Following the closure of a Government consultation into the corporate insolvency framework, new legislative measures could be on the way, designed to aid the restructure and recovery of businesses in financial distress. Although well intentioned, any moves to aid ailing businesses must be analysed for their impact on creditors and the wider business community. In this time of economic uncertainty, policy makers are hoping that changes to well-established insolvency legislation will provide much-needed relief to struggling firms. However, many insolvency practitioners believe that the current framework is more than sufficient and that the focus should be shifted to other areas such as access to advice, education and the wider tax regime to achieve business prosperity.
What are the proposed changes?
The first potential measure listed in the consultation, is the introduction of a moratorium for distressed businesses. Lasting three months, with the possibility of an extension, this provision would protect firms against any legal action from creditors, allowing business leaders to focus their full attention on available rescue options.
While theoretically this seems a reasonable suggestion, in practice, only a very small cross-section of businesses are likely to benefit from this – other existing insolvency procedures such as administration proceedings and Company Voluntary Arrangements (CVAs) already offer temporary protection from creditors. Furthermore, prohibiting legal action for the rather lengthy period of three months could cause significant cash flow issues for businesses chasing payment, as well as reducing the availability of credit.
Secondly, the Government has pledged to explore new measures which help businesses to continue trading through the restructuring period. If implemented, these guidelines would bolt-on to historical provisions which require utility companies to continue supplying a business during their period of insolvency, as long as a payment schedule has been agreed.
Current rules include traditional utilities companies which supply gas, electricity and water, however, legislators will likely move to expand the scope of what is defined as an ‘essential supply contract’. For example, the preservation of IT systems is essential for the running of many businesses, so this could reasonably be deemed an essential contract. Furthermore, a construction firm which is in financial difficulty would require that raw material suppliers and contractors continue to provide them with goods and services so that projects can be completed to aid their recovery.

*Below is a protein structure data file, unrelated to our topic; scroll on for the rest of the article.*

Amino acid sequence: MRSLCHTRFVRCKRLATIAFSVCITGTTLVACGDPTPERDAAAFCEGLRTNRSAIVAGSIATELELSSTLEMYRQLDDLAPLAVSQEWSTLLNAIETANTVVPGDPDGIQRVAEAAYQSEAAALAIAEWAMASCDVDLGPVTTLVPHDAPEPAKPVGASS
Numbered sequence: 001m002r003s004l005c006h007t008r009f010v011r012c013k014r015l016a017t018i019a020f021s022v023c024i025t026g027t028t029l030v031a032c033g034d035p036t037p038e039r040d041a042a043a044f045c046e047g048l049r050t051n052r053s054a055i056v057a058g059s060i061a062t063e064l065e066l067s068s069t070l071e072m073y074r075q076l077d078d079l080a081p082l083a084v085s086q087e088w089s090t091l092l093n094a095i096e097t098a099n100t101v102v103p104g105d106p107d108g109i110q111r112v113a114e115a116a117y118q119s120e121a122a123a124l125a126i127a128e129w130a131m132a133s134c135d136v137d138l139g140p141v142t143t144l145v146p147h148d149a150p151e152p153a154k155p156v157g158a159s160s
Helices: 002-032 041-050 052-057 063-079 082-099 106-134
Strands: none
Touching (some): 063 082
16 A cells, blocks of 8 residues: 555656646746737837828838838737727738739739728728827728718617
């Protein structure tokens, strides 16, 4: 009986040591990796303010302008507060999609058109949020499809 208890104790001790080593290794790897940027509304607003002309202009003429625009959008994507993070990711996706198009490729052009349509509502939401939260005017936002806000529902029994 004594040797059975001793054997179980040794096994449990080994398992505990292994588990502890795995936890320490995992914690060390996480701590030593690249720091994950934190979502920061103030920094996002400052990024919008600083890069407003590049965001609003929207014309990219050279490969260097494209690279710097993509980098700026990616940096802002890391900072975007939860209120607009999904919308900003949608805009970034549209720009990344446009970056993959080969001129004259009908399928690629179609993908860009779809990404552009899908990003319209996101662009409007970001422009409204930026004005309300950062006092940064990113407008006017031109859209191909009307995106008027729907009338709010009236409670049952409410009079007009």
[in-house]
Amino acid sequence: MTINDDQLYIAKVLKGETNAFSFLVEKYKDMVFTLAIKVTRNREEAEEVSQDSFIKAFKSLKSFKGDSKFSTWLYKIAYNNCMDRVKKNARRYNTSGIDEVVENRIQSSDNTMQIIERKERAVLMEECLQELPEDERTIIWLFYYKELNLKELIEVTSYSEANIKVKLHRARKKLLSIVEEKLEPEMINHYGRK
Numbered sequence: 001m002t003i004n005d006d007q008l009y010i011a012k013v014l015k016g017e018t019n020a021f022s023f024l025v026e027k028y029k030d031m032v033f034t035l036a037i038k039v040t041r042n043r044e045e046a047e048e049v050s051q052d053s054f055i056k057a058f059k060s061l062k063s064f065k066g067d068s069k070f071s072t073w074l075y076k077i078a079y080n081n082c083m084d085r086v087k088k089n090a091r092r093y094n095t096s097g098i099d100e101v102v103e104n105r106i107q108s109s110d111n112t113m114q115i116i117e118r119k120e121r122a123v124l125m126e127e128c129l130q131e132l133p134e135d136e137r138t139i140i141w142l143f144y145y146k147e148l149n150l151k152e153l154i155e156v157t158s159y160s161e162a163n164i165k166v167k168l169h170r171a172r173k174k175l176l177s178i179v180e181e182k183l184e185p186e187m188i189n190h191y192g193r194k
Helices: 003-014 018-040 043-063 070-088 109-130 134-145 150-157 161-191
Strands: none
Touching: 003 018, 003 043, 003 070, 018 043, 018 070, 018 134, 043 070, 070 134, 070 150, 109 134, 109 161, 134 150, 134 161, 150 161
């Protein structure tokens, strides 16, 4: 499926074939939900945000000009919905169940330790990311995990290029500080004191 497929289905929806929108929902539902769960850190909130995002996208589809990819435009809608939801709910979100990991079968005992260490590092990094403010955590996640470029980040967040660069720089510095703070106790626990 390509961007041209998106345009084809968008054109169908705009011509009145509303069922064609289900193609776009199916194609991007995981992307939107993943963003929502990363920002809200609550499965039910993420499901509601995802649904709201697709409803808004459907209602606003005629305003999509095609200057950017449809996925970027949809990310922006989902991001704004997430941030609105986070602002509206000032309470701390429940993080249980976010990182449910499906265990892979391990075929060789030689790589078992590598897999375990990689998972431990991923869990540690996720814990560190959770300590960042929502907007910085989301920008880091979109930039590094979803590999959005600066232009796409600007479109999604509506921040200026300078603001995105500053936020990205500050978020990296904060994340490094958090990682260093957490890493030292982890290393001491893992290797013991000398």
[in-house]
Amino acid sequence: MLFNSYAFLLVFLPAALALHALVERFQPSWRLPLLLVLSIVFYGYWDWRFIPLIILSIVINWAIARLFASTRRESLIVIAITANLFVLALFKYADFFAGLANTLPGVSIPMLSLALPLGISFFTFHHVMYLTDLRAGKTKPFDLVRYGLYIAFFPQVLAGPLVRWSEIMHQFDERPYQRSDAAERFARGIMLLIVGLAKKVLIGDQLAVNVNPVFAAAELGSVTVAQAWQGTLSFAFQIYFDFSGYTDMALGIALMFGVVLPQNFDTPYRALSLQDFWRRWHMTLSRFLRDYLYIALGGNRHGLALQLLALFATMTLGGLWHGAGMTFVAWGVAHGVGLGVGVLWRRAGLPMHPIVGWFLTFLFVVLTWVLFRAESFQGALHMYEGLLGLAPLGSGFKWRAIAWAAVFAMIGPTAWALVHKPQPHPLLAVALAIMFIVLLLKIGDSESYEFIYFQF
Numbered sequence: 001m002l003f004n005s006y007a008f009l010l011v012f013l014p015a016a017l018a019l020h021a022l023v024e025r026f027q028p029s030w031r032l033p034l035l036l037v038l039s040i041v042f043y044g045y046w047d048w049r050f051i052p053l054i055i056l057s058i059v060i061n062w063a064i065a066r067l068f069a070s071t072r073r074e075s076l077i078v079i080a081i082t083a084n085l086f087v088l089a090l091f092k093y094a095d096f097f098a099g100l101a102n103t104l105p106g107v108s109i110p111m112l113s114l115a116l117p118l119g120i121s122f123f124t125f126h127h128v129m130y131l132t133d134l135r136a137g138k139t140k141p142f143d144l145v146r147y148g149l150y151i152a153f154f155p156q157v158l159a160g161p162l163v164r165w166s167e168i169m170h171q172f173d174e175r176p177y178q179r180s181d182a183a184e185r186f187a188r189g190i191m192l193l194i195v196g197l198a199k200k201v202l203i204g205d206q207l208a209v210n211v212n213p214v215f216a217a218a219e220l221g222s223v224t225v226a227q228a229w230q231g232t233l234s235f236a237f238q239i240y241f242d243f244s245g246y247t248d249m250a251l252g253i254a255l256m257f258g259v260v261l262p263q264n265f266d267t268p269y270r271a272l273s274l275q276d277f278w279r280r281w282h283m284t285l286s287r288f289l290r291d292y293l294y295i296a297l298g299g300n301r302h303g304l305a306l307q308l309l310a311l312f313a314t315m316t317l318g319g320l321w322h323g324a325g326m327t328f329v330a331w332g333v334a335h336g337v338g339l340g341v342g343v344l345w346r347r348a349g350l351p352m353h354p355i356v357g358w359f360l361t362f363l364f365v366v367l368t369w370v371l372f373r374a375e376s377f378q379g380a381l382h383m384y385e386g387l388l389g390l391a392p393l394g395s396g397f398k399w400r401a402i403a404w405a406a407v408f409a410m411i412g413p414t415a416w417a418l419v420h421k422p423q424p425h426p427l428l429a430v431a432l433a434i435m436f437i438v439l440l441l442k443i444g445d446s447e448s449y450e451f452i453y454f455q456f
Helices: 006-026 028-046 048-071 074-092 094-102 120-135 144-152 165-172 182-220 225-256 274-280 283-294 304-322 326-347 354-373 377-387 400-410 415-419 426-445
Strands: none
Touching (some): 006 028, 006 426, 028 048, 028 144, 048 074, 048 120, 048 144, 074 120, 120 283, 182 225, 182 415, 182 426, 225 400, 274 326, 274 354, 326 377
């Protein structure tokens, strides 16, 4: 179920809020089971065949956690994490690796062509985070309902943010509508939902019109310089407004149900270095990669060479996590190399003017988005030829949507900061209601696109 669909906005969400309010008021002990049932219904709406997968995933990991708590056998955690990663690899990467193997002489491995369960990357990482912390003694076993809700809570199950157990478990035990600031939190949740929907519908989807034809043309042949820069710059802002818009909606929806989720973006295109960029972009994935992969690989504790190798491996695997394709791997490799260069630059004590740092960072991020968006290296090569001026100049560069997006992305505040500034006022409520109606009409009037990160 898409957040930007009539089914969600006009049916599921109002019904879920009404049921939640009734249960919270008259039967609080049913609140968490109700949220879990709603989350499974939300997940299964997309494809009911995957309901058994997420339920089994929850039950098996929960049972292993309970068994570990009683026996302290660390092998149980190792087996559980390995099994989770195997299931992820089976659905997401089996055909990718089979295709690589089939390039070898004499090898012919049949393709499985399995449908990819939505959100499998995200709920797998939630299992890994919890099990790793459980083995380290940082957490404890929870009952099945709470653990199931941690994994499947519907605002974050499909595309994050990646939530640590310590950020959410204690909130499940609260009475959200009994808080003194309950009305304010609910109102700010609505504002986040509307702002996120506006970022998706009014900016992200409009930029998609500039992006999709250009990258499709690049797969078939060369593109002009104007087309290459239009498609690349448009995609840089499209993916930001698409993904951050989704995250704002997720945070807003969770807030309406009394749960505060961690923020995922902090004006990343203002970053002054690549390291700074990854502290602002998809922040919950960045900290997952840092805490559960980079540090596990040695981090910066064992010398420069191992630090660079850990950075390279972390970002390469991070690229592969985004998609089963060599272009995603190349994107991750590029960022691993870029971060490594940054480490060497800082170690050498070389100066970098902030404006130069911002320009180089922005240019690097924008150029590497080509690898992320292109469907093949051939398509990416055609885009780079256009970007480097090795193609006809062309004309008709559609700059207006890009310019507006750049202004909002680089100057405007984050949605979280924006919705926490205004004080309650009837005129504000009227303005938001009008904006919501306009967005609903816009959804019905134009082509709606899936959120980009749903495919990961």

This obligation to supply will of course put a strain on supplier relationships and for some smaller firms that do not possess the scale or reserves of traditional utility companies, it would have a detrimental effect on working capital. The protection of key contracts during insolvency is vital for struggling businesses and expanding the scope of this measure would provide a significant boost to insolvent firms.
The third proposal listed in the consultation seeks to develop a flexible restructuring plan, which would allow businesses to bind secured and unsecured creditors, introducing a ‘cram down’ mechanism which would improve their ability to achieve the best rescue solution available. More akin to the insolvency model currently adopted in the USA, this measure is however very costly and can be protracted as it requires court approval.
Finally, the Government is exploring options for rescue financing, with the aim of encouraging investors to free up funds for businesses in distress. One suggested measure is ‘super-priority’ financing, wherein those providing funds to insolvent businesses would be given security ahead of existing creditors. Whilst this change would have the effect of freeing up cash for businesses, it could mean that existing funders are pushed out of the picture, which if implemented could increase the cost of lending for all businesses.
Although amendments to the corporate insolvency framework have the potential to improve conditions for business recovery, the Government must focus on preventing business failure altogether, rather than merely facilitating a legislative ‘cure’. BIS (Department for Business, Innovation & Skills) should take steps to improve business’ access to advice and introduce a system where firms are connected with entrepreneurs or industry experts that are able to intervene at an earlier stage.
This focus on modernising strategy and prudent financial planning will prove extremely beneficial in the long-term, while the introduction of a more favourable tax regime, including the Government’s pledge to reduce Corporation Tax to ‘below 15%’ will encourage investment. As Brexit negotiations begin and confidence remains unstable, new legislation must send the message that the UK is open for business, rather than focusing exclusively on saving firms that are in financial difficulty.